DATELINE: Social Isolation by Choice
DATELINE: Whale of a Film
When James Whale chose to do his next amusing gothic horror, it turned out to be H.G. Wells’ story about a mad scientist who becomes invisible. It has now become a trite metaphor, but this is the original—and therein hangs some fascination. The Invisible Man came out in 1933.
To play a man who won’t be seen for most of the film, Whale chose Claude Rains whose voice manages to carry his performance. And Jack Pierce’s makeup is the notion of a wig, fake nose, dark glasses, and a bandaged mummy wrap to hide the lack of face.
Rains would go on to become one of the most familiar of second-banana stars—stealing movies like Casablanca in every scene they gave him.
For a film made in the early 1930s, the delightful special effects of invisibility set a standard that today still cannot be achieved. There is something in the primitive, expressionistic style that gives the unwrapping of Rains to scare the locals with such hilarious and horrific power.
As Dr. Jack Griffin, Rains gives a couple of classic homicidal maniac speeches about murdering people for the good of science, while his lovely girlfriend Gloria Stuart (of Titanic fame about 60 years later) frets about. Whale nixed Rains as Dr. Praetorius in the Bride of Frankenstein because of on-set difficulties between them.
Henry Travers is the dutiful sober-sided scientist. Best known as Clarence in It’s a Wonderful Life, he is less befuddled here. As the loud, half-crazed tavern owner, there is Una O’Connor, shrieking whenever there is a chance.
We also saw Oscar-winner Walter Brennan in one of his earliest roles as the man with the bicycle. He does a wonderful low-brow Brit accent. Also there is John Carradine, father of Keith and David, as a minor character on the telephone.
Alas, Whale was saddled with many American actors whose regionalisms are completely out of place in a small English town. The village boys are decidedly American in tone.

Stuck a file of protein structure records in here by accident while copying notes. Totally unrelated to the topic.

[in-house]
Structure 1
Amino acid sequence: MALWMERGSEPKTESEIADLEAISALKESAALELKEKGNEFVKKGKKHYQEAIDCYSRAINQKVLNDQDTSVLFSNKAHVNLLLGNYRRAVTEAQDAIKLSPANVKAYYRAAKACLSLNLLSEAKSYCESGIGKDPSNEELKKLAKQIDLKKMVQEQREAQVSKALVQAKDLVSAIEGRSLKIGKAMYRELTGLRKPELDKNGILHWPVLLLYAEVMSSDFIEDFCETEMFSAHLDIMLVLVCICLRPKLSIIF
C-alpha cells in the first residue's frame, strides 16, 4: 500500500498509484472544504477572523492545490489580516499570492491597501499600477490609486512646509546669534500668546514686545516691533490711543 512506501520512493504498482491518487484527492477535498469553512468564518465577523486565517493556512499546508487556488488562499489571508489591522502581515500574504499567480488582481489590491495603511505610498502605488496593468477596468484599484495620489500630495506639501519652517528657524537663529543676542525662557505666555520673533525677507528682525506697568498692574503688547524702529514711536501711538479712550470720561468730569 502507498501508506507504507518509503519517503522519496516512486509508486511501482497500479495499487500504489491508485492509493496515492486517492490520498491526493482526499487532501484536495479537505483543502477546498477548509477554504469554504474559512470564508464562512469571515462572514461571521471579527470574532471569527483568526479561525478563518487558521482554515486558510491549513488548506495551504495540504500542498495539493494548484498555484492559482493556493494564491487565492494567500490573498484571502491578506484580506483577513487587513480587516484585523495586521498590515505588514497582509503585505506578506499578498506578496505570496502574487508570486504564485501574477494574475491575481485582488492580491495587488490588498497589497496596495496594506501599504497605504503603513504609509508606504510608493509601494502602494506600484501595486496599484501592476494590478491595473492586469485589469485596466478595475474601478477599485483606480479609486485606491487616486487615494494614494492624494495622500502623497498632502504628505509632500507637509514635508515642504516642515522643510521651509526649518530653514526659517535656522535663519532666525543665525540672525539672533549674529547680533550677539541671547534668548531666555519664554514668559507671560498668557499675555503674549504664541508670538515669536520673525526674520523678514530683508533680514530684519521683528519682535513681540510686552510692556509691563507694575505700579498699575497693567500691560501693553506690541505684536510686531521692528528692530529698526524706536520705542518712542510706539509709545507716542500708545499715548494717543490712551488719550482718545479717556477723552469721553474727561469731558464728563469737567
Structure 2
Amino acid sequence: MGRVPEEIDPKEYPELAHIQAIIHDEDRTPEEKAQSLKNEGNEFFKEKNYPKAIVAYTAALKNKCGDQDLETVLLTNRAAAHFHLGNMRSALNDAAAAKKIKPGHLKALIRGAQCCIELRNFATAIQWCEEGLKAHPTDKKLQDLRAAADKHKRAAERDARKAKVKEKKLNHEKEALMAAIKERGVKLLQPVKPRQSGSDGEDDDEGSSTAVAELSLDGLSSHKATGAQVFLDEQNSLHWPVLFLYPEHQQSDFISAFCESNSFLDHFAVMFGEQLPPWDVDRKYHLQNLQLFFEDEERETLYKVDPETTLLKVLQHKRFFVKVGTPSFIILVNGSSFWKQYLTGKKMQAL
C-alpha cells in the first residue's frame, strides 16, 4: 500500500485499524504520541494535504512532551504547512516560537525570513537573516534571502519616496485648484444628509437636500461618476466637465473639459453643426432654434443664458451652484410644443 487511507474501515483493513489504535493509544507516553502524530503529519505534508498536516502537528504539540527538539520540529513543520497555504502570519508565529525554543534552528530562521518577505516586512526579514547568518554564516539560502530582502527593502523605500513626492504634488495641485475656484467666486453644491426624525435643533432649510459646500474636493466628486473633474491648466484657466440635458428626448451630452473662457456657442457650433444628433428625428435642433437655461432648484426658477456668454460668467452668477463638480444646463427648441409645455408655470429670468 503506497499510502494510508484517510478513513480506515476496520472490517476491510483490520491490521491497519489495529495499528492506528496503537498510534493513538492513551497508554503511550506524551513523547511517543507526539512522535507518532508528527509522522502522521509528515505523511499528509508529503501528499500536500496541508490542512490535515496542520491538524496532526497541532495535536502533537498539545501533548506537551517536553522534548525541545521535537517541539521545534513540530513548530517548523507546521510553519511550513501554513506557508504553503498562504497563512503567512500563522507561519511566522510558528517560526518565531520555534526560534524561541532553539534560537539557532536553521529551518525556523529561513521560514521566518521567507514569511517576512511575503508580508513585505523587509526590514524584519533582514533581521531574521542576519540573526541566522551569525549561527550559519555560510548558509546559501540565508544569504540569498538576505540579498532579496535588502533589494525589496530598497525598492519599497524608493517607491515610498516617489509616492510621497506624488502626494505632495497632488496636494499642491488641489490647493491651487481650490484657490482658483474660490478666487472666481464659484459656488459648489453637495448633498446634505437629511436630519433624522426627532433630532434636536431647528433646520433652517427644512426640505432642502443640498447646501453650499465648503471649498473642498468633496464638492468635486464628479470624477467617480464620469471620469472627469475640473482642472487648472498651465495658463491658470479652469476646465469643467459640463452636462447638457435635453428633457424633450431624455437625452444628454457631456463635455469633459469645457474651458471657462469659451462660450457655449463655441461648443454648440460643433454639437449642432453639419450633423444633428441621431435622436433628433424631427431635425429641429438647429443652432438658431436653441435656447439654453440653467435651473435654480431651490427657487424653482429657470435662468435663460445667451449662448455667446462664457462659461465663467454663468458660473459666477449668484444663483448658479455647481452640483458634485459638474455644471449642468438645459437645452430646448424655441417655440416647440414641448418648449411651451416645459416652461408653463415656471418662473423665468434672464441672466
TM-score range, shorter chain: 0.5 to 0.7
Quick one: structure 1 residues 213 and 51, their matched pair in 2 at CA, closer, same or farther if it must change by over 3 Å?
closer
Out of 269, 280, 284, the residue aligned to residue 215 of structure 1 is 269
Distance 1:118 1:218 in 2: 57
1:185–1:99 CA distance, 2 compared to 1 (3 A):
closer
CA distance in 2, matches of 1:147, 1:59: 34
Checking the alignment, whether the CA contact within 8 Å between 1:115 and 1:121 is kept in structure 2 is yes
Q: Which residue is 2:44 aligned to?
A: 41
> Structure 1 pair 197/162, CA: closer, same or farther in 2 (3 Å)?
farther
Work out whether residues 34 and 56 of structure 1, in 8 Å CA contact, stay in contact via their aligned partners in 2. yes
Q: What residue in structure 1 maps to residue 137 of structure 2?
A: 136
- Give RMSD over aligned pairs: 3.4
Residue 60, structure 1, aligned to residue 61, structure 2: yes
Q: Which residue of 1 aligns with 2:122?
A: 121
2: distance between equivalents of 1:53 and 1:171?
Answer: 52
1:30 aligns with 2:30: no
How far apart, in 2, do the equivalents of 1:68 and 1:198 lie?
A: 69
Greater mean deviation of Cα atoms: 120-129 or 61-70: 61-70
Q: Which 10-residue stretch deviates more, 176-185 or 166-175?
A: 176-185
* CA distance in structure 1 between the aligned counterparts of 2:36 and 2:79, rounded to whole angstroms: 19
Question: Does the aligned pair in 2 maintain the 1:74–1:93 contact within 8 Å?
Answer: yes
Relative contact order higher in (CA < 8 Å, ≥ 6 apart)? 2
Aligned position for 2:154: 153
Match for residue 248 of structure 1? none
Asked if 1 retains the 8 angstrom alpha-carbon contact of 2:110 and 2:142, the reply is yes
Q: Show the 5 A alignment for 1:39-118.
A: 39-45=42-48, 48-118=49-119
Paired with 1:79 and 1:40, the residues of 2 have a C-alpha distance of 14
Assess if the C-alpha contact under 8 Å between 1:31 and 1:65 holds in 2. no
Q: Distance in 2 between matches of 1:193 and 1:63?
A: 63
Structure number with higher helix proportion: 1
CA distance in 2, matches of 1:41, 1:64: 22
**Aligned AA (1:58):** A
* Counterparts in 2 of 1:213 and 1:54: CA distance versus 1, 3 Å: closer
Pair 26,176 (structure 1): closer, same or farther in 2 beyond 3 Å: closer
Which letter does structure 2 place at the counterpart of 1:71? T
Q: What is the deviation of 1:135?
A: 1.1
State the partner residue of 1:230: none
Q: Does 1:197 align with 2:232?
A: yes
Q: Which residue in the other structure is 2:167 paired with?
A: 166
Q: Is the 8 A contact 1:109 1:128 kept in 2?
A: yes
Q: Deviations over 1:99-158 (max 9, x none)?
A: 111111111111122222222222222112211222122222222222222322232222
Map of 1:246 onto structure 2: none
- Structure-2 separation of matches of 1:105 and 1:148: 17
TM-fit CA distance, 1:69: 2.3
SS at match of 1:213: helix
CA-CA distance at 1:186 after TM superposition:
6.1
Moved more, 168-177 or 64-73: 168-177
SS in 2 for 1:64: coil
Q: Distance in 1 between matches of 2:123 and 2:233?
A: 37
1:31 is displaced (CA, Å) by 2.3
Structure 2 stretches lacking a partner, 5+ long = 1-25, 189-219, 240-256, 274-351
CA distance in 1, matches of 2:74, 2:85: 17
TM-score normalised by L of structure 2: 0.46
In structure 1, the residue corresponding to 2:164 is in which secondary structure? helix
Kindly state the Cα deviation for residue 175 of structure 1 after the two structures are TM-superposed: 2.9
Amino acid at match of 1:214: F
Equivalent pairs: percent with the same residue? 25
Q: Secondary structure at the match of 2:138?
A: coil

Whales frequently films shorty Rains from the knees looking upward, giving him a frightful height, and the sets are spectacular and sumptuous, a sign that the budgets had improved for the director of Frankenstein.
Whatever its shortcomings, this remains an impressive achievement in cinema history.
DATELINE: Post Suspended Animation
We can’t see him. He’s like a tree in the forest.
Tom Brady returned to Foxboro as the Invisible Man. He may only look like Claude Rains when he is wrapped up like a mummy.
No one can see him. Another nefarious plot by Swami Belichick has rendered Tom Brady with a cloaking device. Captain Kirk never saw a cloaking device like this one.
Tom is the new Area 51. We know he’s there. People have taken pictures, but he melts away. You will be forced to ask Patriot players to take us to your leader, but it is more likely the Patriots have seen little green men rather than Tom Brady.
Everyone denies seeing him lately.
When Tom showed up at Gillette after his four game exile to Elba, the media was blind to his presence. Players swore that, if he was back, they had neither seen nor heard him.
Tom Who is the new mantra.
It works too. If teamwork is all, and there is no savior coming down from heaven to save them, then you will not take note of Tom Brady. Was he absent for a month of Sundays? It does not matter.
No teammate will acknowledge that he was gone, or that he has returned. They won three games as a team, not with Tom Brady’s replacements. The next man always steps up to do the job. And, now, with all the young QBs in hospital condition, Tom Brady will step up and step in.
No big deal. Tom who? Oh, that guy from La Dolce Vita who was hounded by Paparazzi. He’s around here somewhere.